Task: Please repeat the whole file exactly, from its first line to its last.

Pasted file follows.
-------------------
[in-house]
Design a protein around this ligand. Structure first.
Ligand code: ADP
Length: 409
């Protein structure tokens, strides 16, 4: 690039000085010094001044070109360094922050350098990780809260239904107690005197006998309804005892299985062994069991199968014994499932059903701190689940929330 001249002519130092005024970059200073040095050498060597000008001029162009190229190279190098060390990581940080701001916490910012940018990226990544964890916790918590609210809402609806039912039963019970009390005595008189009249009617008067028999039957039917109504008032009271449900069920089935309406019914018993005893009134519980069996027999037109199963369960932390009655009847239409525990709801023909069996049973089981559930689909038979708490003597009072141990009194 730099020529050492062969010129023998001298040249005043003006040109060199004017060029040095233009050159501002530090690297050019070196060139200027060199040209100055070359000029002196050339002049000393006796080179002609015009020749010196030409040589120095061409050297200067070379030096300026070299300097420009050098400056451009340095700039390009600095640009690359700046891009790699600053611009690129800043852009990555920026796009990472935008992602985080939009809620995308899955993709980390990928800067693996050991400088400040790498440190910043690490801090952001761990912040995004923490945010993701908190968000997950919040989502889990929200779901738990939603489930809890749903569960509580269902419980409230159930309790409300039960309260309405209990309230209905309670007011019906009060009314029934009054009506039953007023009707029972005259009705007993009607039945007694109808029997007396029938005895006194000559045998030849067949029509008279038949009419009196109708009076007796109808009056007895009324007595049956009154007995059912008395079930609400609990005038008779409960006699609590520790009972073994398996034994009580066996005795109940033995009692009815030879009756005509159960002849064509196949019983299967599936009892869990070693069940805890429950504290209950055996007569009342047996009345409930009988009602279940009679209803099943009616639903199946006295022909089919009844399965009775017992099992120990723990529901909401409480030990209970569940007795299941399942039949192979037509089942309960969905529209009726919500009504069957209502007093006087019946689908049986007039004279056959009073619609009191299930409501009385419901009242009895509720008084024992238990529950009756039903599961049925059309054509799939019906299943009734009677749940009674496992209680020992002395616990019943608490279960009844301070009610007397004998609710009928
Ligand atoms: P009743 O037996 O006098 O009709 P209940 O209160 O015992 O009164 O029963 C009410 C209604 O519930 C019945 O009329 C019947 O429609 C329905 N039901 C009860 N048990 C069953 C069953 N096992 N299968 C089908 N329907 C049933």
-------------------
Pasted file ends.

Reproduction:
[in-house]
Design a protein around this ligand. Structure first.
Ligand code: ADP
Length: 409
């Protein structure tokens, strides 16, 4: 690039000085010094001044070109360094922050350098990780809260239904107690005197006998309804005892299985062994069991199968014994499932059903701190689940929330 001249002519130092005024970059200073040095050498060597000008001029162009190229190279190098060390990581940080701001916490910012940018990226990544964890916790918590609210809402609806039912039963019970009390005595008189009249009617008067028999039957039917109504008032009271449900069920089935309406019914018993005893009134519980069996027999037109199963369960932390009655009847239409525990709801023909069996049973089981559930689909038979708490003597009072141990009194 730099020529050492062969010129023998001298040249005043003006040109060199004017060029040095233009050159501002530090690297050019070196060139200027060199040209100055070359000029002196050339002049000393006796080179002609015009020749010196030409040589120095061409050297200067070379030096300026070299300097420009050098400056451009340095700039390009600095640009690359700046891009790699600053611009690129800043852009990555920026796009990472935008992602985080939009809620995308899955993709980390990928800067693996050991400088400040790498440190910043690490801090952001761990912040995004923490945010993701908190968000997950919040989502889990929200779901738990939603489930809890749903569960509580269902419980409230159930309790409300039960309260309405209990309230209905309670007011019906009060009314029934009054009506039953007023009707029972005259009705007993009607039945007694109808029997007396029938005895006194000559045998030849067949029509008279038949009419009196109708009076007796109808009056007895009324007595049956009154007995059912008395079930609400609990005038008779409960006699609590520790009972073994398996034994009580066996005795109940033995009692009815030879009756005509159960002849064509196949019983299967599936009892869990070693069940805890429950504290209950055996007569009342047996009345409930009988009602279940009679209803099943009616639903199946006295022909089919009844399965009775017992099992120990723990529901909401409480030990209970569940007795299941399942039949192979037509089942309960969905529209009726919500009504069957209502007093006087019946689908049986007039004279056959009073619609009191299930409501009385419901009242009895509720008084024992238990529950009756039903599961049925059309054509799939019906299943009734009677749940009674496992209680020992002395616990019943608490279960009844301070009610007397004998609710009928
Ligand atoms: P009743 O037996 O006098 O009709 P209940 O209160 O015992 O009164 O029963 C009410 C209604 O519930 C019945 O009329 C019947 O429609 C329905 N039901 C009860 N048990 C069953 C069953 N096992 N299968 C089908 N329907 C049933």